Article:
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Discovering Philadelphia's Waste Crisis

How could they burn our recycling?

This question has been at the front of my mind since the winter of 2019, when I learned that the majority of recyclable materials collected in the city of Philadelphia were being burned at a waste incinerator in Chester, Pennsylvania. This exhibit focuses on Philadelphia's ongoing incineration controversy, with the first half chronicling the events that led to Philadelphia sending more than half of its collected municipal recycling to Covanta Delaware Valley, the largest waste incinerator in the country. The second half of the exhibit discusses the technology and regulations that “control” incinerator emissions, the environmental implications of incineration, and the public health threats incinerators pose to residents in the Philadelphia area.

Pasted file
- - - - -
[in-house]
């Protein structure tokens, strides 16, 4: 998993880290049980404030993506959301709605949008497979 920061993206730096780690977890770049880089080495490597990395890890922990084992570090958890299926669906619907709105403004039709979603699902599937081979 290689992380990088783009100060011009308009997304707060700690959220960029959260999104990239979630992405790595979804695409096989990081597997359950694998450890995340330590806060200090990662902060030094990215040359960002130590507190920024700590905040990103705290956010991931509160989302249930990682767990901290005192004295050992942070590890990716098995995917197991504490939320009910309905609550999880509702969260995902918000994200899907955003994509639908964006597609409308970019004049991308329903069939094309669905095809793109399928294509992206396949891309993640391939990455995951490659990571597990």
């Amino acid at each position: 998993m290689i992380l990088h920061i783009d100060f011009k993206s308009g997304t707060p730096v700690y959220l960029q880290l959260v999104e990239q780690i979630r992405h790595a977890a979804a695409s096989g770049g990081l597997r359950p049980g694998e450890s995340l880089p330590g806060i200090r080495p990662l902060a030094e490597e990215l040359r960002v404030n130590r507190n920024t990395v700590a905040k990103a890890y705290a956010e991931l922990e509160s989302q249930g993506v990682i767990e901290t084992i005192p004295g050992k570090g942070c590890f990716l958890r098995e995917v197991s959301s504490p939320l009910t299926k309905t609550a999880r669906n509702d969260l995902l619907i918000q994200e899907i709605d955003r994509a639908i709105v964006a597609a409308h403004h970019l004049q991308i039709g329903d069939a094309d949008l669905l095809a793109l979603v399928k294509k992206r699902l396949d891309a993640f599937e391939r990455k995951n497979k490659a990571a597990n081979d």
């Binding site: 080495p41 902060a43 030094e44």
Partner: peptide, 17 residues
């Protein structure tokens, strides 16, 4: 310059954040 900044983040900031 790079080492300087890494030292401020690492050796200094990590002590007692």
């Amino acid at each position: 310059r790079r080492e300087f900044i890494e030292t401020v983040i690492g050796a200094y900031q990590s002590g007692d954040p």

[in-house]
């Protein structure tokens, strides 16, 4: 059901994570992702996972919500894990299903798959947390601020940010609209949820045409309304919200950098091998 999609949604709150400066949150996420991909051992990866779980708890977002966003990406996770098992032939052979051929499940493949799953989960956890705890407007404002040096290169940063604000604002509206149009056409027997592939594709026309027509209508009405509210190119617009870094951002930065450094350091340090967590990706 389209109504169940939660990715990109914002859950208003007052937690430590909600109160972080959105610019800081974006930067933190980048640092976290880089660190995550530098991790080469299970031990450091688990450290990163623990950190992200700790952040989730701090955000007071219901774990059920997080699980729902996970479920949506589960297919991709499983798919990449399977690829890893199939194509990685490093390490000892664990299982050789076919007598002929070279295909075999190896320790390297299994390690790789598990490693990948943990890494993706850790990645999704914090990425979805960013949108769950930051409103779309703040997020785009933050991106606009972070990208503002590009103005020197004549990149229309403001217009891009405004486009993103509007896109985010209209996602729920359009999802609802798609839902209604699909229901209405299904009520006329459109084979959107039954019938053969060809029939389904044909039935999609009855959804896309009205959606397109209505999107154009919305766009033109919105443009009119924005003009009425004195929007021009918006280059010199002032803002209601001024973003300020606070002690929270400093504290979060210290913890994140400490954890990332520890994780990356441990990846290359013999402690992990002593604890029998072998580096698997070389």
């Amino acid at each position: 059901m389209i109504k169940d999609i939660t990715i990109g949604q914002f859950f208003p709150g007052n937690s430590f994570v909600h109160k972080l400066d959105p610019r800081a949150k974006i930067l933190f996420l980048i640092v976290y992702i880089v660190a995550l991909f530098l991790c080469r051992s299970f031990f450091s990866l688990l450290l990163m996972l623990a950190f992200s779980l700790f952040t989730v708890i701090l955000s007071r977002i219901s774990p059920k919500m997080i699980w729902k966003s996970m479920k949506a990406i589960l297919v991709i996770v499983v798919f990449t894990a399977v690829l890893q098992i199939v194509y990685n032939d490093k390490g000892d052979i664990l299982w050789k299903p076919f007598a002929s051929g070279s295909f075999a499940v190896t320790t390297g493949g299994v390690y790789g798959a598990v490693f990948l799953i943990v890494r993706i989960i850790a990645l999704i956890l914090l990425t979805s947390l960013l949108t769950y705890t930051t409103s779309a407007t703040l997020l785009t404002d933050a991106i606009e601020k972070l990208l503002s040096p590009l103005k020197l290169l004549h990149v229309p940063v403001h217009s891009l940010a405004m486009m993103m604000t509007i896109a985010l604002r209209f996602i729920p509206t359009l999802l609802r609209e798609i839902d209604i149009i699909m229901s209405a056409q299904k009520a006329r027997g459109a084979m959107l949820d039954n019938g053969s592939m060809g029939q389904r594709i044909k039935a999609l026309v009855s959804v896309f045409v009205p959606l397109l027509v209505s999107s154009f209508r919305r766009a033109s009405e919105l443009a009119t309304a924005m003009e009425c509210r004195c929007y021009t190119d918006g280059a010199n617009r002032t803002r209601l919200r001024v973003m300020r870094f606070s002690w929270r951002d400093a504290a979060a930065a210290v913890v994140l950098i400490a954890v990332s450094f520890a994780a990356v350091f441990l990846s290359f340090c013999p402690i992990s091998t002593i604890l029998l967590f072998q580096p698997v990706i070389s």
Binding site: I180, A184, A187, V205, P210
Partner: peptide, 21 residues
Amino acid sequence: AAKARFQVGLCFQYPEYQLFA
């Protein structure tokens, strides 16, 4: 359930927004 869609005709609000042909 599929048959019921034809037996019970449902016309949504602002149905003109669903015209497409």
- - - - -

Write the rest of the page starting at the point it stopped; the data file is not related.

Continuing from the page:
It has become apparent that trash disposal and recycling aren’t just municipal challenges anymore. The global waste crisis is expanding at breakneck speed. Solutions are limited, and the ones available are usually financially unfeasible or actively threaten public health. But here in Philly, with the rollout of the Zero Waste and Litter Action Plan in 2017, there is hope that at some point in the future, mass waste incineration and the incineration of recyclables will be a practice of the past. 

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